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-> -> -> Interdicts and Encouragements

《禁使 - Interdicts and Encouragements》

English translation: J. J. L. Duyvendak [?] Library Resources
1 禁使:
Interdicts and Encouragements:...:
The method by which a ruler of men prohibits and encourages is by means of rewards and penalties. Rewards follow merit and penalties follow crime; therefore is it necessary to be careful in appraising merit and in investigating crime. Now, rewards exalt and punishments debase, but if the superiors have no definite knowledge of their method, it is no better than if they had no method at all. But the method for right knowledge is power and figures.

2 禁使:
Interdicts and Encouragements:...:
Therefore, the early kings did not rely on their strength but on their power (shi); they did not rely on their belief but on their figures. Now, for example, a floating seed of the p'eng plant, meeting a whirlwind, may be carried a thousand li, because it rides on the power (shi) of the wind. If, in measuring an abyss, you know that it is a thousand fathoms deep, it is owing to the figures which you find by dropping a string. So by depending on the power (shi) of a thing, you will reach a point, however distant it may be, and by keeping the proper figures, you will find out the depth, however deep it may be. Now, for example, in the darkness of the night, even a Li Lou cannot see a great mountain forest, but in the clear morning light, with the brilliant sun, he can distinguish the flying birds above, and below he can see an autumn hair, for the vision of the eye is dependent on the power of the sun. When the highest condition of power (shi) is reached, things are arranged without a multitude of officials and are made fitting by expounding the system. But nowadays, reliance is placed on a multitude of offices and a host of civil servants, and in the official bureaux assistants and controllers are appointed. Now, the idea of appointing these assistants and controllers is indeed to prevent men from making profit, but these assistants and controllers themselves also desire to make profit. How then can they prevent others from doing so! Therefore, if one relies on assistants and controllers for one's administration, then will it be an administration that can barely maintain itself. It is not thus, if one understands "system"; one separates their power (shi) and puts checks on their conduct. Therefore is it said: 'If the conditions of power (shi) are such that it is difficult to conceal anything, then even a man like Zhi does no wrong. Therefore, the early kings prized power (shi).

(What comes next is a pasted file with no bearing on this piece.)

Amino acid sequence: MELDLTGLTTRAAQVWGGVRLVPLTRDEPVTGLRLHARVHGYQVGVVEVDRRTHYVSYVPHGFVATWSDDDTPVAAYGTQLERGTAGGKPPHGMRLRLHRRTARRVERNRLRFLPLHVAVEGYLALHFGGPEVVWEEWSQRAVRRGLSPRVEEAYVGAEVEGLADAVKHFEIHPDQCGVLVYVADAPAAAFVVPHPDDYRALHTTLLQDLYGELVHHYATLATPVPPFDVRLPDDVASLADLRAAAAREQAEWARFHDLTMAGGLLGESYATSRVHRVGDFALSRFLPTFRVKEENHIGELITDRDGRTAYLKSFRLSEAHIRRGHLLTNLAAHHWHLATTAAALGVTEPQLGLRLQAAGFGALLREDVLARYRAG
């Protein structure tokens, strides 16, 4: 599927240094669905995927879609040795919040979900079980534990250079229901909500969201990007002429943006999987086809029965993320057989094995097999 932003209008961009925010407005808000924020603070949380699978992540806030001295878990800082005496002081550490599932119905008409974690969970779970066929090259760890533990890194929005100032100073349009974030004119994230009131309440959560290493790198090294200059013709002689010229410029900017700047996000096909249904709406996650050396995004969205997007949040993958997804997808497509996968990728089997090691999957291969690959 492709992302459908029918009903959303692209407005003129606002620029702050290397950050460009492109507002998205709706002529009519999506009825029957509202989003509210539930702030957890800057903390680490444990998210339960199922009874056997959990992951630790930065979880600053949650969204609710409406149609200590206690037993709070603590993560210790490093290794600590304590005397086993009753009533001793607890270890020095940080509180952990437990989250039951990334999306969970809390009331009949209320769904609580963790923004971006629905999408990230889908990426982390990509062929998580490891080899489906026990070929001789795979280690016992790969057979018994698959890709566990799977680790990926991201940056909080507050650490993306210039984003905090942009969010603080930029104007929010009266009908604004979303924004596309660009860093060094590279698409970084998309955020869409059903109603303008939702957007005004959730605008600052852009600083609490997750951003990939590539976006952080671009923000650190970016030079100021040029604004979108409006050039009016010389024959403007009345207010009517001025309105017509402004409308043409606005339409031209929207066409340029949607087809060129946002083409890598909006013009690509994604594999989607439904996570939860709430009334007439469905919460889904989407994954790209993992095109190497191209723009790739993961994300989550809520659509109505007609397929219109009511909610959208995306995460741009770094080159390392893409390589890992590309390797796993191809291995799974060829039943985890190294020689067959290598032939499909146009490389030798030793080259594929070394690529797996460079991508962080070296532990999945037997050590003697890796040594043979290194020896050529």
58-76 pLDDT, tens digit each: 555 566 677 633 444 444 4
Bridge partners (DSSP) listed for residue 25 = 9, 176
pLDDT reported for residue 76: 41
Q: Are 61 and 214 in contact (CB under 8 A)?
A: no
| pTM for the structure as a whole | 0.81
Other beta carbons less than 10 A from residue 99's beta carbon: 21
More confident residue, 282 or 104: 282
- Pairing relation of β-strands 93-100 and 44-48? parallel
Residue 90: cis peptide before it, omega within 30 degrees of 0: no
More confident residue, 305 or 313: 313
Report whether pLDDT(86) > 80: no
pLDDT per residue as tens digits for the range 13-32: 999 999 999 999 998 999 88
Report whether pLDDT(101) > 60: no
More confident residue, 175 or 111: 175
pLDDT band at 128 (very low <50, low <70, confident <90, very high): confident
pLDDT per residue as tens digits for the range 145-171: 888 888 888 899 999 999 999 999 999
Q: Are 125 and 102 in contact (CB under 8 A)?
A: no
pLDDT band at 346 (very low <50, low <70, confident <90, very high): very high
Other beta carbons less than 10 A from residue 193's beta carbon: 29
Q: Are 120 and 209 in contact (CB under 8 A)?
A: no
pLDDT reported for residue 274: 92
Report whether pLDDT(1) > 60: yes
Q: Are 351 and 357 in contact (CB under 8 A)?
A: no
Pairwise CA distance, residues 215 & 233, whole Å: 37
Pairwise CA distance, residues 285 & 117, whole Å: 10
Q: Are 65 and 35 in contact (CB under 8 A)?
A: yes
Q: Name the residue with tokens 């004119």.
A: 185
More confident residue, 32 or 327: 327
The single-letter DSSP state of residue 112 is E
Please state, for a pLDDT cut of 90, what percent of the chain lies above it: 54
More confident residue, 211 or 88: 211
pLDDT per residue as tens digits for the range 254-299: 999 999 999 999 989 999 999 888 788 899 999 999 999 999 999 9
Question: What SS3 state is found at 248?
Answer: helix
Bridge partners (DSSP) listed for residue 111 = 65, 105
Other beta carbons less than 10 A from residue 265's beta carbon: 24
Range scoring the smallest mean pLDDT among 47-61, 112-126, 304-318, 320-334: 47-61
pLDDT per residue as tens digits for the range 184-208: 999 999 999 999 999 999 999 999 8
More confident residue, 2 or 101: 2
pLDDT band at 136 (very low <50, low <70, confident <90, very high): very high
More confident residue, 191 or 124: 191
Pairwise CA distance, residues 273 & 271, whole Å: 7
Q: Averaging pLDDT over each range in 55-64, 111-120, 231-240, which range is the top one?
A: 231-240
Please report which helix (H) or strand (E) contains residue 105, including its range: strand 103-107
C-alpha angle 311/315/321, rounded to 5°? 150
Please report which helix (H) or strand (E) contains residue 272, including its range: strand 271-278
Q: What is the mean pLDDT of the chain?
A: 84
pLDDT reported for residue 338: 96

3 禁使:
Interdicts and Encouragements:...:
Some say: 'A ruler of men holds a nominal right of consent, post factum; then things are controlled and examined, and by this control wickedness is discovered.' I do not think that this is right. For officials exert sole authority and take decisions a thousand li away (from the ruler). In the twelfth month, to confirm it, they make a report, in which the affairs of the whole year have separate entries; but as the ruler gives but one hearing, although he sees doubtful cases, he cannot determine whether an official is capable or otherwise.... For example, if objects come near, the eye cannot but see them; if words are insistent, the ear cannot but hear them; for if objects approach, they alter in appearance, and if words draw near, they form coherent speech.

4 禁使:
Interdicts and Encouragements:...:
So with the organization in a well-governed state, people cannot escape punishment any more than the eyes can hide from the mind what they see. But in the disorderly states of the present time, it is not thus: reliance is placed on a multitude of offices and a host of civil servants, but however numerous the civil servants may be, their affairs are the same and they belong to one body. Now, those whose affairs are the same and who belong to one body, cannot control one another. But by making their interests different and their disadvantages dissimilar, the early kings created guarantees.

5 禁使:
Interdicts and Encouragements:...:
Therefore, in a condition of complete good government, husband and wife and friends cannot abandon each other's evil, cover up wrong-doing and not cause harm to relatives; nor can the men from the people mutually conceal each other from their superiors and government servants. That is because, although their affairs are connected, their interests are different. But nowadays a Zou and a Yu cannot control each other, because their business is the same and their interests are also similar... Suppose that horses could speak, then a Zou and a Yu would have no chance of escaping what they find hateful; that is because their interests would be different. When interests are connected and what they hate is the same, then a father cannot reprimand his son, nor a prince his minister. The relation of government servants to other government servants is this, that their interests are connected and what they hate is the same. Now, the early kings made it a principle that those whose business was connected, should have different interests. Though the people may hide things from their ruler, there is no harm done in thus covering them up, nor can there be advantage in having virtuous men or harm in having worthless ones. The system, therefore, of good government is to neglect the virtuous and to abolish the wise.

URN: ctp:shang-jun-shu/interdicts-and-encouragements